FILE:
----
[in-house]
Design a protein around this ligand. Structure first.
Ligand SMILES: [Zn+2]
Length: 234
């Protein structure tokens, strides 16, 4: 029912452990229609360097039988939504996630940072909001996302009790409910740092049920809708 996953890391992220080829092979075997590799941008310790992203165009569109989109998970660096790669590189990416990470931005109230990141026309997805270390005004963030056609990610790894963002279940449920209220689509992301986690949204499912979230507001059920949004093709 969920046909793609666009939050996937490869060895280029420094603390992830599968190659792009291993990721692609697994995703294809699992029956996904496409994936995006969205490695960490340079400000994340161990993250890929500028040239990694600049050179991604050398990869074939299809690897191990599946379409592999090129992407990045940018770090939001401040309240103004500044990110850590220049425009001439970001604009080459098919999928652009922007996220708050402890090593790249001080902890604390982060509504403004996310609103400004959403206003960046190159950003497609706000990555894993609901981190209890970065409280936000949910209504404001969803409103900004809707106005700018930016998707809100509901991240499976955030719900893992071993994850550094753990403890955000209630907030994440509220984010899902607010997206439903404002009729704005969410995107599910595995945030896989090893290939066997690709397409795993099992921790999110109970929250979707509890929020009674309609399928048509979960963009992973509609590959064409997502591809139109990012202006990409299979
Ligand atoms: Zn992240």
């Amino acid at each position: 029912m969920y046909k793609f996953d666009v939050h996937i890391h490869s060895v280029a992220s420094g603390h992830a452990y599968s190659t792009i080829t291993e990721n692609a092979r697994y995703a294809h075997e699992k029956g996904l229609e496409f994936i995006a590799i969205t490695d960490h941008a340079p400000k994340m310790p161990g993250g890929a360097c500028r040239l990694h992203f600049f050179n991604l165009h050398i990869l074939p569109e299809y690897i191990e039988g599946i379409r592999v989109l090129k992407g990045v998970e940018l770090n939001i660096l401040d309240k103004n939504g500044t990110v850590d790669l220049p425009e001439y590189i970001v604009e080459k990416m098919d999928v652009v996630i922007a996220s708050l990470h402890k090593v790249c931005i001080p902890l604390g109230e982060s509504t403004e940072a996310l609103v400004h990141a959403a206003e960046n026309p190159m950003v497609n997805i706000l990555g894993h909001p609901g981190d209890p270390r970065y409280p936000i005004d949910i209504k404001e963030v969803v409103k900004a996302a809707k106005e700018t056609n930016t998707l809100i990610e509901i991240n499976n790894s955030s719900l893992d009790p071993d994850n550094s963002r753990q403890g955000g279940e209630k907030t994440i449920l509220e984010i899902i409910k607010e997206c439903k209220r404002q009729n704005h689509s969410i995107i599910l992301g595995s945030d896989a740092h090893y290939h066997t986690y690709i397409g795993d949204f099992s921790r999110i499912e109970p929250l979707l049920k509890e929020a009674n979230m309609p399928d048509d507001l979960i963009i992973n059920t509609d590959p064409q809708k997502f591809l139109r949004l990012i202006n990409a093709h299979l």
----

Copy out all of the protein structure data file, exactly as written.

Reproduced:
[in-house]
Design a protein around this ligand. Structure first.
Ligand SMILES: [Zn+2]
Length: 234
């Protein structure tokens, strides 16, 4: 029912452990229609360097039988939504996630940072909001996302009790409910740092049920809708 996953890391992220080829092979075997590799941008310790992203165009569109989109998970660096790669590189990416990470931005109230990141026309997805270390005004963030056609990610790894963002279940449920209220689509992301986690949204499912979230507001059920949004093709 969920046909793609666009939050996937490869060895280029420094603390992830599968190659792009291993990721692609697994995703294809699992029956996904496409994936995006969205490695960490340079400000994340161990993250890929500028040239990694600049050179991604050398990869074939299809690897191990599946379409592999090129992407990045940018770090939001401040309240103004500044990110850590220049425009001439970001604009080459098919999928652009922007996220708050402890090593790249001080902890604390982060509504403004996310609103400004959403206003960046190159950003497609706000990555894993609901981190209890970065409280936000949910209504404001969803409103900004809707106005700018930016998707809100509901991240499976955030719900893992071993994850550094753990403890955000209630907030994440509220984010899902607010997206439903404002009729704005969410995107599910595995945030896989090893290939066997690709397409795993099992921790999110109970929250979707509890929020009674309609399928048509979960963009992973509609590959064409997502591809139109990012202006990409299979
Ligand atoms: Zn992240």
């Amino acid at each position: 029912m969920y046909k793609f996953d666009v939050h996937i890391h490869s060895v280029a992220s420094g603390h992830a452990y599968s190659t792009i080829t291993e990721n692609a092979r697994y995703a294809h075997e699992k029956g996904l229609e496409f994936i995006a590799i969205t490695d960490h941008a340079p400000k994340m310790p161990g993250g890929a360097c500028r040239l990694h992203f600049f050179n991604l165009h050398i990869l074939p569109e299809y690897i191990e039988g599946i379409r592999v989109l090129k992407g990045v998970e940018l770090n939001i660096l401040d309240k103004n939504g500044t990110v850590d790669l220049p425009e001439y590189i970001v604009e080459k990416m098919d999928v652009v996630i922007a996220s708050l990470h402890k090593v790249c931005i001080p902890l604390g109230e982060s509504t403004e940072a996310l609103v400004h990141a959403a206003e960046n026309p190159m950003v497609n997805i706000l990555g894993h909001p609901g981190d209890p270390r970065y409280p936000i005004d949910i209504k404001e963030v969803v409103k900004a996302a809707k106005e700018t056609n930016t998707l809100i990610e509901i991240n499976n790894s955030s719900l893992d009790p071993d994850n550094s963002r753990q403890g955000g279940e209630k907030t994440i449920l509220e984010i899902i409910k607010e997206c439903k209220r404002q009729n704005h689509s969410i995107i599910l992301g595995s945030d896989a740092h090893y290939h066997t986690y690709i397409g795993d949204f099992s921790r999110i499912e109970p929250l979707l049920k509890e929020a009674n979230m309609p399928d048509d507001l979960i963009i992973n059920t509609d590959p064409q809708k997502f591809l139109r949004l990012i202006n990409a093709h299979l």